Avalanche Biotech (NASDAQ:AAVL)
Shares of Avalanche Biotech fell as much as 40% in after-hours trading on June 15, 2015 after the company announced results from its phase 2 wet-age related macular degeneration — wet-AMD — trial. The drop is huge but many investors should be assured that the drop was justified because the results were mediocre at best. In addition if Avalanche’s treatment with AVA-101 was the only available therapy then the share price could have possibly surged. But this is a big biotech world and in biotech world you have a lot of other competitors that sometimes have better treatments already available in the targeted space.
In this case Lucentis which comes from Roche (OTCMKTS:RHHBY) and Eylea which comes from Regeneron Pharmaceuticals (NASDAQ:REGN) have better efficacy than these results seen to date from AVA-101 this past week. Although Avalanche claims that this trial wasn’t powered for efficacy since it only recruited up to 32 patients that were age 55 and older. Matter in fact Avalanche set up its primary endpoint in the clinical trial as being the safety of the drug compound.
In terms of safety it passed with flying colors as the drug was safe, but the problem lies with the efficacy of the drug in these phase 2a results. In terms of best corrected visual acuity — BCVA — AVA0-101 patients saw a mean improvement of 10+ letters with about 23% of these patients and the placebo in the trial saw a 0% improvement with 10+ letters. The problem with this is that the placebo in the trial was Lucentis and typically Lucentis allows patients to gain about 10+ letters as well. Why did the placebo do this poorly in the trial? Historical control shows Lucentis performing better.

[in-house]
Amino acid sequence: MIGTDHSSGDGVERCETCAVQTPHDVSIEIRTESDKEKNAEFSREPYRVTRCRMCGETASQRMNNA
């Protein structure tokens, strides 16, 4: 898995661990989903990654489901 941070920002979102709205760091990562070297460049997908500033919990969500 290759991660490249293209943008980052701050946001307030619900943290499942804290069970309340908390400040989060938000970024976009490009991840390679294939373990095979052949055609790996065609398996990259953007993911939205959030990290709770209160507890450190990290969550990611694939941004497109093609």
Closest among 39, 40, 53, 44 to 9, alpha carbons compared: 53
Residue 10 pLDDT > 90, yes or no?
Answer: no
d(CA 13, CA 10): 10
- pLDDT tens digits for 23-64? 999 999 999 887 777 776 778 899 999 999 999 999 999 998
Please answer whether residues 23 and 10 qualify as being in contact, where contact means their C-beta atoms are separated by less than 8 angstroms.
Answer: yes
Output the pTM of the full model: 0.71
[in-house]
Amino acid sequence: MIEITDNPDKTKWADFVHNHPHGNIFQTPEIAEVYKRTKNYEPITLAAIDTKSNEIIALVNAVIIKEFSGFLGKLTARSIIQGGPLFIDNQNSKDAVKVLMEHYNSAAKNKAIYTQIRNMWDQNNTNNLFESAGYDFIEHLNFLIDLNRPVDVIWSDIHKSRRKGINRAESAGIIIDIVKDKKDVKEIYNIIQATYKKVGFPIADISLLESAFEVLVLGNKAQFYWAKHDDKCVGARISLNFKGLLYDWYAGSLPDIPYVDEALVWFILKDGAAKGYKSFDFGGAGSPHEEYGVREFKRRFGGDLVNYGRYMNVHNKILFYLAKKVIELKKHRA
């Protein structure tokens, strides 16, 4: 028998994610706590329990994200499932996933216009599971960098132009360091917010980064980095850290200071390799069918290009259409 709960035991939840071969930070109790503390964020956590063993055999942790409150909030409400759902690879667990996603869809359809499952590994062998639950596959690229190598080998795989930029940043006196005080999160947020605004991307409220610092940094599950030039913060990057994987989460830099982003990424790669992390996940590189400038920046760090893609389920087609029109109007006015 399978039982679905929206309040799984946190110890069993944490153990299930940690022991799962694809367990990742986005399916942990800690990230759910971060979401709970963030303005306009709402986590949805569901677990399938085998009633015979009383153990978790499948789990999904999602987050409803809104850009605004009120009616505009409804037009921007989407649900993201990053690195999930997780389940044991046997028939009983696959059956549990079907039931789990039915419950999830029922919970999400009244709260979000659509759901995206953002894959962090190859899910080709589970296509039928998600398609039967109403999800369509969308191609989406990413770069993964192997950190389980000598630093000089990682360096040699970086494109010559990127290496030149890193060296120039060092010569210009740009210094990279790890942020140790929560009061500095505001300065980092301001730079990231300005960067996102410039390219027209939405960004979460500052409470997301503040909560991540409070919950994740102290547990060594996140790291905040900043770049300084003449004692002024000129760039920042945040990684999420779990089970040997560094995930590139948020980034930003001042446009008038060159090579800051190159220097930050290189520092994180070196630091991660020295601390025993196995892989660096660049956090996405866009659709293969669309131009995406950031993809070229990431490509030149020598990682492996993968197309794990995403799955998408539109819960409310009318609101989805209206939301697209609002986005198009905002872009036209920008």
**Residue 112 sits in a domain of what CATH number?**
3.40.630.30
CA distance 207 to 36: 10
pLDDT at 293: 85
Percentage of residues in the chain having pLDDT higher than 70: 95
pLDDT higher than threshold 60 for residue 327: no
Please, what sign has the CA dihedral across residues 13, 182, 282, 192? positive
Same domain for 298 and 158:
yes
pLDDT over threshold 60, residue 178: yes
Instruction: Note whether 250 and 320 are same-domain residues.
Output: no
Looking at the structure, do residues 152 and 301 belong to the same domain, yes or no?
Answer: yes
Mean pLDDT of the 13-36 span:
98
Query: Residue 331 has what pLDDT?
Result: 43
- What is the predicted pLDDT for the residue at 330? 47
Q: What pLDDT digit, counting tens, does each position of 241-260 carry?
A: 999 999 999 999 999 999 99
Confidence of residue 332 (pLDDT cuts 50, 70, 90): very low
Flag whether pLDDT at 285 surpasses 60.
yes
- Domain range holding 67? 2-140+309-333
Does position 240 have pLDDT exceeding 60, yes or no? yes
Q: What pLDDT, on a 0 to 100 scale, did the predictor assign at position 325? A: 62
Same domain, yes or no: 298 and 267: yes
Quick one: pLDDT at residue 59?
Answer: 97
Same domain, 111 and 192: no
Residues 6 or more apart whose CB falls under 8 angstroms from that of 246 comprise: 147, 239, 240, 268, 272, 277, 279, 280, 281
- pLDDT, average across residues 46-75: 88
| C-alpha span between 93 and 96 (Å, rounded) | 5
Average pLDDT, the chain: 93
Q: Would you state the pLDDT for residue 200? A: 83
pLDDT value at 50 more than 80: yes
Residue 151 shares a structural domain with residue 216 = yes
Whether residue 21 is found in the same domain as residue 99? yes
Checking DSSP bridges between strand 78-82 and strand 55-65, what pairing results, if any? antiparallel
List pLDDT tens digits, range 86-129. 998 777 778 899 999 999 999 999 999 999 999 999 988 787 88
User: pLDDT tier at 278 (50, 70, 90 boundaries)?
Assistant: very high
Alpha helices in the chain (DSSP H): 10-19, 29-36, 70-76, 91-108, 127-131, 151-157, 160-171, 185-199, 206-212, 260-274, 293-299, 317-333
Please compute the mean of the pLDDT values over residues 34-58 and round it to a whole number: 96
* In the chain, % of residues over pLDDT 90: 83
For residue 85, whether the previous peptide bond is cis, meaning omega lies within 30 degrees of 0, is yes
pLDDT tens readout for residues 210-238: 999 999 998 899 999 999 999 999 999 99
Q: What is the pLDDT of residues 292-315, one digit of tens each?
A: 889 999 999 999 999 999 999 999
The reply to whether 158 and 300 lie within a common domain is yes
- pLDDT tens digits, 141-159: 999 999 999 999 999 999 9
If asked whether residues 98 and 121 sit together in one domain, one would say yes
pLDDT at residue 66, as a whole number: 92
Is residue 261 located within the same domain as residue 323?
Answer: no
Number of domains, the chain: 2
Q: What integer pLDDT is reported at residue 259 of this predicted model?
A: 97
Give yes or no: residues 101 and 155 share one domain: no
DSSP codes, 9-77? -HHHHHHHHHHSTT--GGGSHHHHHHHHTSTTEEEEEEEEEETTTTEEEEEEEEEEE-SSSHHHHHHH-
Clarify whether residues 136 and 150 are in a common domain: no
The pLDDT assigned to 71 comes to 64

In addition there was one other problem with the AVA-101 drug. The other problem was that patients that took the AVA-101 gene therapy drug saw a +25 mm increase in retinal thickness, while the placebo saw a -56 mm decrease in retinal thickness. This indicates that patients taking AVA-101 could have made their vision worse by seeing an increase in retinal thickening. Avalanche though states that it is too early to know why this occurred. The hope for Avalanche now is to wait for the rest of the phase 2a data to come in and then determine the best course of action for the phase 2b trial.
The only huge positive, if you wanna call it that, is that patients taking AVA-101 gene therapy drug saw two fewer rescue injections over the course of the 12 months compared to Lucentis. Is two less injections to doctors and patients worth dropping Eylea or Lucentis as treatment options? At this point in time investors voted no with their wallets as the stock plummeted on these results. Regeneron had already moved in prior to these results to protect its Eylea patent estate by allowing itself to have the option to buy rights to AVA-101 if it chose to do so. We believe that it is too soon for this to occur now and if Regeneron is to buy this option later on then it probably won’t do so until better phase 2b results are achieved.